Your input is in a poor format, but in this case can be parsed using the modern java.time classes. Note that unfortunate use of 3-4 letter pseudo-zone such as
CEST are not standardized and are not unique so they cannot always be parsed as your intended zone.
For Java 8 and later, these classes are built-in. For Java 6 & 7, see the ThreeTen-Backport project detailed below.
ZonedDateTime.parse( // Parse an input string as a date-time moment.
"Tue Jul 31 00:53:43 CEST 2018" ,
DateTimeFormatter.ofPattern( "EEE MMM d HH:mm:ss zzz uuuu", Locale.US ) // Specify `Locale` to determine human language and cultural norms to be used in translation.
) // Returns a `ZonedDateTime` object.
.withZoneSameInstant( // Adjust from one zone to another.
ZoneId.of( "Europe/Copenhagen" ) // Always use `Continent/Region` time zone names, never 3-4 letter pseudo-codes such as `CEST`.
.toString() // Generate a `String` with text in standard ISO 8601 format wisely extended by appending the name of the time zone in square brackets.
This has been covered many times already, so search Stack Overflow for more discussion.
String input = "Tue Jul 31 00:53:43 CEST 2018";
DateTimeFormatter f = DateTimeFormatter.ofPattern( "EEE MMM d HH:mm:ss zzz uuuu", Locale.US );
ZonedDateTime zdt = ZonedDateTime.parse( input , f );
Adjust to a Denmark time zone. I will arbitrarily choose the
Europe/Copenhagen. Denmark may have other zones, such as for Greenland or other parts of the kingdom.
Specify a proper time zone name in the format of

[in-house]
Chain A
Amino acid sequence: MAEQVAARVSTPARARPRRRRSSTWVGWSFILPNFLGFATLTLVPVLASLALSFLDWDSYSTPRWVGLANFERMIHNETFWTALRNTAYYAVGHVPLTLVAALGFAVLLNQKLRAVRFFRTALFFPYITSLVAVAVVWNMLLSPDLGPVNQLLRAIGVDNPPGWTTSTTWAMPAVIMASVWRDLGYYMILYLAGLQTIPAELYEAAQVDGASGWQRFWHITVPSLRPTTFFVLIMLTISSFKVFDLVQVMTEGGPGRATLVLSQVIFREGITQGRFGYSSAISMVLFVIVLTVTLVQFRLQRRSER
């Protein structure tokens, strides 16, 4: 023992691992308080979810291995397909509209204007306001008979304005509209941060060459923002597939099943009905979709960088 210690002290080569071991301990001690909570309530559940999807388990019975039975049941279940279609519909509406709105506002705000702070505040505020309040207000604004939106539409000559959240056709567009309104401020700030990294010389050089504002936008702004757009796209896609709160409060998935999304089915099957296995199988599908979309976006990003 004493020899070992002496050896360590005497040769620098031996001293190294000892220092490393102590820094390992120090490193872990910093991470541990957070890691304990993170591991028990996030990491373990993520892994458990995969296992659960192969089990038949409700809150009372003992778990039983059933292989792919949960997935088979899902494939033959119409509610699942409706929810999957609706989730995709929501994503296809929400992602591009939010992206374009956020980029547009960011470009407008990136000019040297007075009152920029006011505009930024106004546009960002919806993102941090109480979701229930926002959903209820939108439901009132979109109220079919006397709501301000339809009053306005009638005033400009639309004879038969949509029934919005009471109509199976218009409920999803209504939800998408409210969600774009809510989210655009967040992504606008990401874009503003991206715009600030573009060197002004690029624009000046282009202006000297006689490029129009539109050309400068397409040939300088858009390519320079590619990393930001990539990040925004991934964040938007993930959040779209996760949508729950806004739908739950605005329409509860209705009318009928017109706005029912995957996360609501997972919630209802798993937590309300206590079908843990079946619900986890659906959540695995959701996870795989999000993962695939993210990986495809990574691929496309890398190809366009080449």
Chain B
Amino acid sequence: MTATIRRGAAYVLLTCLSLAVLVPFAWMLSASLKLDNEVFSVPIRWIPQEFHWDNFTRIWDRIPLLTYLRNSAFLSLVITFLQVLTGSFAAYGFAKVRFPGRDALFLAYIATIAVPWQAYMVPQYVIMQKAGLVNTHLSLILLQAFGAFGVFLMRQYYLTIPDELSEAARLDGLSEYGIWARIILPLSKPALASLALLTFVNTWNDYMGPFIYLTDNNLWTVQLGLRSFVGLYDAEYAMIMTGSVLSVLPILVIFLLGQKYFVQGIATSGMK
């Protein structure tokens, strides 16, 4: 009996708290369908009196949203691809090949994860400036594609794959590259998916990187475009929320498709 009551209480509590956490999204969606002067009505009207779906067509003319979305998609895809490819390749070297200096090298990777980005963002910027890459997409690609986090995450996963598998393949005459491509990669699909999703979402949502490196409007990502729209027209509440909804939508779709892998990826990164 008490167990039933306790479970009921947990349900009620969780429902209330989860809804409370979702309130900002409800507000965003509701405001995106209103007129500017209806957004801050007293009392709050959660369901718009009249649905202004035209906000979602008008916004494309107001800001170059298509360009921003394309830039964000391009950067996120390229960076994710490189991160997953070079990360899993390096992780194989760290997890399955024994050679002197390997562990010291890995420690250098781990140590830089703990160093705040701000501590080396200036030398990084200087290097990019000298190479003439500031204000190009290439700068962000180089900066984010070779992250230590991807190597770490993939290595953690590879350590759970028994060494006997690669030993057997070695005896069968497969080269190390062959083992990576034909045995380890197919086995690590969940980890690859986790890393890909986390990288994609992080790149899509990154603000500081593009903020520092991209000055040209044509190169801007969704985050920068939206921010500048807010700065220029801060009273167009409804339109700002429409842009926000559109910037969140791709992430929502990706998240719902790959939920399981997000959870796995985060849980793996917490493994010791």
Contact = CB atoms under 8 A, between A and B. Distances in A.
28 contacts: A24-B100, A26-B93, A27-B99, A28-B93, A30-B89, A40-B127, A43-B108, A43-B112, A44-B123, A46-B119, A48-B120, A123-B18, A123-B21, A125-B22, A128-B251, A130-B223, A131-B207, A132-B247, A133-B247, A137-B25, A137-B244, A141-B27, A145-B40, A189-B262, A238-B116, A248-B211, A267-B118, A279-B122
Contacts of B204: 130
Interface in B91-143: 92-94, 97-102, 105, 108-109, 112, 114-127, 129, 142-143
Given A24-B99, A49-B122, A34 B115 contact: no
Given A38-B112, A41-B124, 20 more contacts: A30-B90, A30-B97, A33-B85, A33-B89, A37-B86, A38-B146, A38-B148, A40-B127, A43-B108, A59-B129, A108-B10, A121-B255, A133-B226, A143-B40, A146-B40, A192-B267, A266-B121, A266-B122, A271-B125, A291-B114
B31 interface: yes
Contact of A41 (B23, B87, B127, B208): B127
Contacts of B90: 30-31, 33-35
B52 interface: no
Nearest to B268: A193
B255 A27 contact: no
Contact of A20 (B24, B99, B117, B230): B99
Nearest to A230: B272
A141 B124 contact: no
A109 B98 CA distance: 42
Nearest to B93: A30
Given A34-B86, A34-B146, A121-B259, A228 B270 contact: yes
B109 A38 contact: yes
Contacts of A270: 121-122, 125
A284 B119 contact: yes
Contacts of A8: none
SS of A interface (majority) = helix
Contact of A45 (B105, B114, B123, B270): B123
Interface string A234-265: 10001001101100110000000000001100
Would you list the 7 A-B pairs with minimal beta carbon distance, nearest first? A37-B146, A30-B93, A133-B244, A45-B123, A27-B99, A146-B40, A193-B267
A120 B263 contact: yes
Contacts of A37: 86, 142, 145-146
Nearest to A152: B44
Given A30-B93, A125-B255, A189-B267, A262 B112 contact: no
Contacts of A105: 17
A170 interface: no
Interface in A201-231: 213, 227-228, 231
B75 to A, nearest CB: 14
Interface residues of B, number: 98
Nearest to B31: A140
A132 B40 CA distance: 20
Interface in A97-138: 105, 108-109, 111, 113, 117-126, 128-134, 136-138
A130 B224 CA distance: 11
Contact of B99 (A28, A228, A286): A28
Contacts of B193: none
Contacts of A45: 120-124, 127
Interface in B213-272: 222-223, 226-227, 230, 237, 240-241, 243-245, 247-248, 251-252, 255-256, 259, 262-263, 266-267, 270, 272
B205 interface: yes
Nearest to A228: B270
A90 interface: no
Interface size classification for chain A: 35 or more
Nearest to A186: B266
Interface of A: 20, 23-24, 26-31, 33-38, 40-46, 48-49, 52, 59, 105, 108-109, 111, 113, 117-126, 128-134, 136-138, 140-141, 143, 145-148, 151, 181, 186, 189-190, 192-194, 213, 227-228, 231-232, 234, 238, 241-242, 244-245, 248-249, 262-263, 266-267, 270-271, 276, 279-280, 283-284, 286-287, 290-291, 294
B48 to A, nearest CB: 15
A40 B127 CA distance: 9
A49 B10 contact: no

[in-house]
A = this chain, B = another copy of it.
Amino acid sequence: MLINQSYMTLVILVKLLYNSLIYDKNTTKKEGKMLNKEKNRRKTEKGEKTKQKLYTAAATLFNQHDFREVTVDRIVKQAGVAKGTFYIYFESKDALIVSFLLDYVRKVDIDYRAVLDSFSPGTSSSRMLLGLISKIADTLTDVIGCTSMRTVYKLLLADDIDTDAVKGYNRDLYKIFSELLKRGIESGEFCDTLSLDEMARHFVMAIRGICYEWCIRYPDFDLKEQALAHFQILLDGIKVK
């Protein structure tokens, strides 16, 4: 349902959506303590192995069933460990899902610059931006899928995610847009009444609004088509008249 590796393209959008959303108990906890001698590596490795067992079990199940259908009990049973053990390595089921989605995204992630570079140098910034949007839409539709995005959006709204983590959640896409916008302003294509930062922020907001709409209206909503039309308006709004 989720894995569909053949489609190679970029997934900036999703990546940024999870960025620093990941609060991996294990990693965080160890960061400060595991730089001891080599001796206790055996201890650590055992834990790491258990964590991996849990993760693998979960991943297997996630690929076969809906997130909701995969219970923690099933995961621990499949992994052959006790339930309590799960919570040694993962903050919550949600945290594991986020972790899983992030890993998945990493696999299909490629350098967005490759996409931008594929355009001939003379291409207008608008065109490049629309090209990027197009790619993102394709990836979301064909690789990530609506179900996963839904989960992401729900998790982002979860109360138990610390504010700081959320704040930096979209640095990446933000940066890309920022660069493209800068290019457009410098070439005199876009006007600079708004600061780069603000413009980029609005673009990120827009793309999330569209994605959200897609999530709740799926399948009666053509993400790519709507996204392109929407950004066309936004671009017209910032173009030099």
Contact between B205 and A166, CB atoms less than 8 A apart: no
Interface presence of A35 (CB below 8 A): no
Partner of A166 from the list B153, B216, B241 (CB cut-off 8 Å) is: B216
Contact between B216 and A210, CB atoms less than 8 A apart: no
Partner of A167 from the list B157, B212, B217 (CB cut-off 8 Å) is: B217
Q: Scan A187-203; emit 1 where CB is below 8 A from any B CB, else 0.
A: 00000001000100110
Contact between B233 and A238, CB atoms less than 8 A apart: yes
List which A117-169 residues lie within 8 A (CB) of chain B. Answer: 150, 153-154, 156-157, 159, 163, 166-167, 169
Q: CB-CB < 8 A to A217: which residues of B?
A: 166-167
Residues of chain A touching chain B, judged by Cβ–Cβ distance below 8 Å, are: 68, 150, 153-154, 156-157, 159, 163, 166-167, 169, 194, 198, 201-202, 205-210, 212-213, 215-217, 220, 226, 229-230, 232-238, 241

continent/region, such as
Pacific/Auckland. Never use the 3-4 letter abbreviation such as
IST as they are not true time zones, not standardized, and not even unique(!).
ZoneId z = ZoneId.of( "Europe/Copenhagen" ) ;
ZonedDateTime zdtCopenhagen = zdt.withZoneSameInstant( z ); // Same moment, different wall-clock time.
Notice that on that date and hour, Paris and Copenhagen time zones shared the same offset-from-UTC, so they perceive the same time-of-day.
Your input string is using a terrible format. It is difficult to parse, assumes English language, and includes redundant information.
When exchanging date-time values as text, use only the standard ISO 8601 formats.
Note that the
ZonedDateTime class wisely extends that format to append the name of the time zone in square brackets. This is seen in output above.
The java.time framework is built into Java 8 and later. These classes supplant the troublesome old legacy date-time classes such as
The Joda-Time project, now in maintenance mode, advises migration to the java.time classes.
To learn more, see the Oracle Tutorial. And search Stack Overflow for many examples and explanations. Specification is JSR 310.
You may exchange java.time objects directly with your database. Use a JDBC driver compliant with JDBC 4.2 or later. No need for strings, no need for
Where to obtain the java.time classes?
The ThreeTen-Extra project extends java.time with additional classes. This project is a proving ground for possible future additions to java.time. You may find some useful classes here such as
YearQuarter, and more.